The India-born Venkatraman Ramakrishnan, a senior scientist at the MRC Laboratory of Molecular Biology at Cambridge, has won the Nobel Prize in Chemistry for 2009 along with two other scientists.
Venkatraman Ramakrishnan shares the Nobel Prize in Chemistry with Thomas E Steitz, of the United States, and Ada E Yonath, of Israel, for their “studies of the structure and function of the ribosome,” which are described as the protein-producing factories within cells, at the atomic level.
The Nobel Committee said in its citation that “this year’s Nobel Prize in Chemistry awards Venkatraman Ramakrishnan, Thomas A Steitz and Ada E Yonath for having showed what the ribosome looks like and how it functions at the atomic level.”
All the three scientists, according to the Nobel Committee, used a technique known as X-ray crystallography to map the position for each and every one of the hundreds of thousands of atoms that make up the ribosome.
“The three Nobel Laureates of this year have all generated 3D models that show how different antibiotics bind to the ribosome, and these models are now used by scientists to develop new antibiotics, directly assisting the saving of lives and decreasing the suffering of humanity,” the citation explained.
Venkatraman Ramakrishnan, known among friends as Venky, was born in 1952 in Chidambaram in Tamil Nadu in India.
He took his BSc degree in Physics in 1971 from Baroda University in India and his PhD in Physics in 1976 from Ohio University in the United States.
Ramakrishnan later switched over to biology, at the University of California, San Diego. He took classes at the University of California for a year, before he began conducting research with membrane biochemist Dr Mauricio Montal.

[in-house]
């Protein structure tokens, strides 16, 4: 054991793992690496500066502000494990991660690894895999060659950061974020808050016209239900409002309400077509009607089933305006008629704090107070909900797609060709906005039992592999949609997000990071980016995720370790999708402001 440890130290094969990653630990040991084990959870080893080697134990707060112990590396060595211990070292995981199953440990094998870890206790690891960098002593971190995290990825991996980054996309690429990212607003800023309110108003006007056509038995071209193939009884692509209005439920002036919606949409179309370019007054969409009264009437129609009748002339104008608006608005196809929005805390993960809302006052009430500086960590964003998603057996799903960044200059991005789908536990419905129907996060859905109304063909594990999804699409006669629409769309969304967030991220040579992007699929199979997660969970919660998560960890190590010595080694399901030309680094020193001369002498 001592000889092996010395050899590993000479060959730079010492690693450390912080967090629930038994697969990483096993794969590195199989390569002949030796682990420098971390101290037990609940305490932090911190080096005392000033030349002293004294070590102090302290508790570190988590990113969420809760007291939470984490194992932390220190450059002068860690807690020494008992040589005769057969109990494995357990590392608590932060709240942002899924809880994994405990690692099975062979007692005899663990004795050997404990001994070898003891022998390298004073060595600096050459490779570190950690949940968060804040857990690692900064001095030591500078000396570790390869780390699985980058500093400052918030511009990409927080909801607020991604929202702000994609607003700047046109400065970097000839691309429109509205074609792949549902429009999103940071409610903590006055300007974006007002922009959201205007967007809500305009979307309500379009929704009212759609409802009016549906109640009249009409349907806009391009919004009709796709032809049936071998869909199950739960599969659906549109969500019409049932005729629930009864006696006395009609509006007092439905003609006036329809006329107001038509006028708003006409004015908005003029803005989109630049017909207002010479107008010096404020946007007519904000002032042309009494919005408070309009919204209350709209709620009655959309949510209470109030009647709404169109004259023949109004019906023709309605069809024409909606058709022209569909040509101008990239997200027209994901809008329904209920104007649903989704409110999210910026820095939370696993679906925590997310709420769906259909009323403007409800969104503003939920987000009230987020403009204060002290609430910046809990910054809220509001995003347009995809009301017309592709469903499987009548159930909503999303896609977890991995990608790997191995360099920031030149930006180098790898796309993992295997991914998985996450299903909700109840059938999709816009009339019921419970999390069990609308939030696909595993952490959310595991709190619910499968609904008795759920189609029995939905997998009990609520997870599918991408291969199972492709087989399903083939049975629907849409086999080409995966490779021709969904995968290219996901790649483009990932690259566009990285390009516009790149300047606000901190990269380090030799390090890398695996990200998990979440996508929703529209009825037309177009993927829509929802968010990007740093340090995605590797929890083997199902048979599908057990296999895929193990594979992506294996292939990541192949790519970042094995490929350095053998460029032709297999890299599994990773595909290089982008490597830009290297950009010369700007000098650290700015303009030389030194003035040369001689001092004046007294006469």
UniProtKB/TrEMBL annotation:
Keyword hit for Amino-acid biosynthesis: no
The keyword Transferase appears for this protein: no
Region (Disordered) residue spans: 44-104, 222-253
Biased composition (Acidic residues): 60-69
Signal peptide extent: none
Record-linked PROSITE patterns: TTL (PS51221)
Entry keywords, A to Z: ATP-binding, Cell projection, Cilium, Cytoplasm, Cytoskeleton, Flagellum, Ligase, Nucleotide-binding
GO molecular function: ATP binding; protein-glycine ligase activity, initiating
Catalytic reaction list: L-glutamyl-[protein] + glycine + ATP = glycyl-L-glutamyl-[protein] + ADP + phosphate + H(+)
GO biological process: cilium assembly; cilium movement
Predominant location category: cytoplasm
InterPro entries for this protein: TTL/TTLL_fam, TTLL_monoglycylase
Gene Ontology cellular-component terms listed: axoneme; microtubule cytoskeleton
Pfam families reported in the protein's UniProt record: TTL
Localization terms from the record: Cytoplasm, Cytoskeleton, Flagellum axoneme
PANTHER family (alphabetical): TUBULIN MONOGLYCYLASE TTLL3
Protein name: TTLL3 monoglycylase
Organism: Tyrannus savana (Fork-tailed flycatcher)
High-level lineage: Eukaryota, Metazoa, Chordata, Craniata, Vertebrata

Ramakrishnan’s group, using the 5.5 Angstrom-resolution structure, identified key portions of the Ribonucleic Acid (RNA) and, using previously determined structures, positioned 7 proteins of the subunit.
Venkatraman Ramakrishnan published two papers in the September 21, 2000, issue of Nature magazine.
In the first paper, he presented the 3 Angstrom structure of the 30S ribosomal subunit.
In the second paper published in Nature, Ramakrishnan revealed the structures of the 30S subunit in complex with 3 antibiotics that target different regions of the subunit. In this paper, he discussed the structural basis for the action of each of these drugs.
Following his post-doctoral fellowship, Ramakrishnan joined the staff of Brookhaven National Laboratory in the United States, where collaborated with Stephen White to clone the genes for several ribosomal proteins and to determine their 3-dimensional structures.
Ramakrishnan also won a Guggenheim Fellowship during his tenure in Brookhaven National Laboratory. He used the fellowship to make his changeover to X-ray crystallography.
In 1995, Ramakrishnan moved to the University of Utah to take up the assignment as a professor in the Department of Biochemistry. It was here that he embarked on his studies on protein-RNA complexes and the entire 30S subunit.
Later, he moved to the MRC Laboratory of Molecular Biology at Cambridge, where he is now a senior scientist as well as group leader in the Structural Studies Division.
Ramakrishnan is among the many Nobel laureates who worked at the MRC Laboratory of Molecular Biology.